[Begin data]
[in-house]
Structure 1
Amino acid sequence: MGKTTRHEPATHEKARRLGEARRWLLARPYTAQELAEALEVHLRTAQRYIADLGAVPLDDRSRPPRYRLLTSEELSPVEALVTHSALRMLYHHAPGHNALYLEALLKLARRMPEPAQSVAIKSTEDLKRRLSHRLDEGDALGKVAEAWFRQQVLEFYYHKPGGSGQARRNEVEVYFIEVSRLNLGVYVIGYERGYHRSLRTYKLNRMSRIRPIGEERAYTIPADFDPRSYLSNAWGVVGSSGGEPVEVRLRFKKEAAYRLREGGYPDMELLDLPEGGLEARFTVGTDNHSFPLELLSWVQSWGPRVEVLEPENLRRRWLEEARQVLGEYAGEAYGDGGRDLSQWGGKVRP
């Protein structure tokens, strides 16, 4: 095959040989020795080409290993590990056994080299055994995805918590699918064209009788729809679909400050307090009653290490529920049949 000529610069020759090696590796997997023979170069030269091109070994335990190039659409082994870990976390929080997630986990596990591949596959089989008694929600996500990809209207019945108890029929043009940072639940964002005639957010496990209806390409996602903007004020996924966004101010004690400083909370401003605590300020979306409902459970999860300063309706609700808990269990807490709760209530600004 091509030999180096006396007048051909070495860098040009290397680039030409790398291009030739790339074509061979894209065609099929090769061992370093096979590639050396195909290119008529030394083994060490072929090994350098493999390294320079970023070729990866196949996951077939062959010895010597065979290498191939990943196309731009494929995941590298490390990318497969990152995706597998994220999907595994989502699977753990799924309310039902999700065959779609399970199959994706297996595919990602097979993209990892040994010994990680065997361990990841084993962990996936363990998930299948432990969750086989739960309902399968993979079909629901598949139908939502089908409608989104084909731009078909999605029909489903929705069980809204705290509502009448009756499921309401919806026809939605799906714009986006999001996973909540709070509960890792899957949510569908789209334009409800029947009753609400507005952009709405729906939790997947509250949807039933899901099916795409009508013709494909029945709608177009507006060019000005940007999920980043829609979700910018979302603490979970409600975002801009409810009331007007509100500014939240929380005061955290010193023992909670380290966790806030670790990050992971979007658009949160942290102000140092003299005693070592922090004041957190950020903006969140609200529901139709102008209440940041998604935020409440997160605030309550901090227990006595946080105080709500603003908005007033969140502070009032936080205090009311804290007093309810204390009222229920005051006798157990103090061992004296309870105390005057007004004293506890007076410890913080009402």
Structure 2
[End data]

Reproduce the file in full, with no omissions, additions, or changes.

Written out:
[in-house]
Structure 1
Amino acid sequence: MGKTTRHEPATHEKARRLGEARRWLLARPYTAQELAEALEVHLRTAQRYIADLGAVPLDDRSRPPRYRLLTSEELSPVEALVTHSALRMLYHHAPGHNALYLEALLKLARRMPEPAQSVAIKSTEDLKRRLSHRLDEGDALGKVAEAWFRQQVLEFYYHKPGGSGQARRNEVEVYFIEVSRLNLGVYVIGYERGYHRSLRTYKLNRMSRIRPIGEERAYTIPADFDPRSYLSNAWGVVGSSGGEPVEVRLRFKKEAAYRLREGGYPDMELLDLPEGGLEARFTVGTDNHSFPLELLSWVQSWGPRVEVLEPENLRRRWLEEARQVLGEYAGEAYGDGGRDLSQWGGKVRP
């Protein structure tokens, strides 16, 4: 095959040989020795080409290993590990056994080299055994995805918590699918064209009788729809679909400050307090009653290490529920049949 000529610069020759090696590796997997023979170069030269091109070994335990190039659409082994870990976390929080997630986990596990591949596959089989008694929600996500990809209207019945108890029929043009940072639940964002005639957010496990209806390409996602903007004020996924966004101010004690400083909370401003605590300020979306409902459970999860300063309706609700808990269990807490709760209530600004 091509030999180096006396007048051909070495860098040009290397680039030409790398291009030739790339074509061979894209065609099929090769061992370093096979590639050396195909290119008529030394083994060490072929090994350098493999390294320079970023070729990866196949996951077939062959010895010597065979290498191939990943196309731009494929995941590298490390990318497969990152995706597998994220999907595994989502699977753990799924309310039902999700065959779609399970199959994706297996595919990602097979993209990892040994010994990680065997361990990841084993962990996936363990998930299948432990969750086989739960309902399968993979079909629901598949139908939502089908409608989104084909731009078909999605029909489903929705069980809204705290509502009448009756499921309401919806026809939605799906714009986006999001996973909540709070509960890792899957949510569908789209334009409800029947009753609400507005952009709405729906939790997947509250949807039933899901099916795409009508013709494909029945709608177009507006060019000005940007999920980043829609979700910018979302603490979970409600975002801009409810009331007007509100500014939240929380005061955290010193023992909670380290966790806030670790990050992971979007658009949160942290102000140092003299005693070592922090004041957190950020903006969140609200529901139709102008209440940041998604935020409440997160605030309550901090227990006595946080105080709500603003908005007033969140502070009032936080205090009311804290007093309810204390009222229920005051006798157990103090061992004296309870105390005057007004004293506890007076410890913080009402």
Structure 2